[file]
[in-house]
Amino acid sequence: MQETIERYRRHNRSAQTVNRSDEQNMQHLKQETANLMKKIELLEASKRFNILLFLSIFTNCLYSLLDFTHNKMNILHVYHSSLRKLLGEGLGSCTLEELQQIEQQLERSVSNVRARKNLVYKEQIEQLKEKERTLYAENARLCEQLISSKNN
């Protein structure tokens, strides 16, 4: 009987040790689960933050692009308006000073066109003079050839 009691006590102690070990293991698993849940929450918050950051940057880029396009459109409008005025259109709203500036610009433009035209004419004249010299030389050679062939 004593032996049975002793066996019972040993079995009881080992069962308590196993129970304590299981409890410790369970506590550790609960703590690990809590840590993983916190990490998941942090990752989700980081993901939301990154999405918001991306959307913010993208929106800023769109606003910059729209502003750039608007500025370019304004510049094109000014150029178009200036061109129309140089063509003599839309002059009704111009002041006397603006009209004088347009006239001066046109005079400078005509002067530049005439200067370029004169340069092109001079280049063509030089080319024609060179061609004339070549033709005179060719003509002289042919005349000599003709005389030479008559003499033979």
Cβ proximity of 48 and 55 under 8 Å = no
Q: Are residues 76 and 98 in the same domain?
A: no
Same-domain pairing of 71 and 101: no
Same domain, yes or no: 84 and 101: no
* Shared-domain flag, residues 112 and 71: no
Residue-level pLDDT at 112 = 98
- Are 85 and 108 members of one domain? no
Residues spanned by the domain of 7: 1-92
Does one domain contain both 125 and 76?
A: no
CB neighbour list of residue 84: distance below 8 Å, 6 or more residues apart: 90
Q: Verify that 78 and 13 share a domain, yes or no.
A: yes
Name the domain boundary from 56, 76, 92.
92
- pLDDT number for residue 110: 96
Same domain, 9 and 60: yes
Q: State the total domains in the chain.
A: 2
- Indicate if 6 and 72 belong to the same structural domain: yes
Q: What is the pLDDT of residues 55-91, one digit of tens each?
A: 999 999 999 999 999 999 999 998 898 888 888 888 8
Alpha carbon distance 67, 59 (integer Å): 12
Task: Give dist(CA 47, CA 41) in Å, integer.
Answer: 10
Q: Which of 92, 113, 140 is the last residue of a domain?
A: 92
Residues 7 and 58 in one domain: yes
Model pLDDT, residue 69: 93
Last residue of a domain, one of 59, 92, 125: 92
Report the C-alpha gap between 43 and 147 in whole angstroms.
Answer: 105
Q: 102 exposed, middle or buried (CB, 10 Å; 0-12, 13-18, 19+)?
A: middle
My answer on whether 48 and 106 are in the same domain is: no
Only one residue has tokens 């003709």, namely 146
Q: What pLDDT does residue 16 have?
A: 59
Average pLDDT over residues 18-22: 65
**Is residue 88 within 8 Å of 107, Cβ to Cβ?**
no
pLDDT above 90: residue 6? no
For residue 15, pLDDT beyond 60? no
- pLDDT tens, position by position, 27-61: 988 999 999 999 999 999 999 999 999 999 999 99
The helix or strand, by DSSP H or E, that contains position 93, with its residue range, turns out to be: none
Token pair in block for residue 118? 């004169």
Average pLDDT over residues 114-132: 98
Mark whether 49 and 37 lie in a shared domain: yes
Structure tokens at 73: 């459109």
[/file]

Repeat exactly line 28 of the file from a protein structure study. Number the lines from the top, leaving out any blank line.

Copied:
Task: Give dist(CA 47, CA 41) in Å, integer.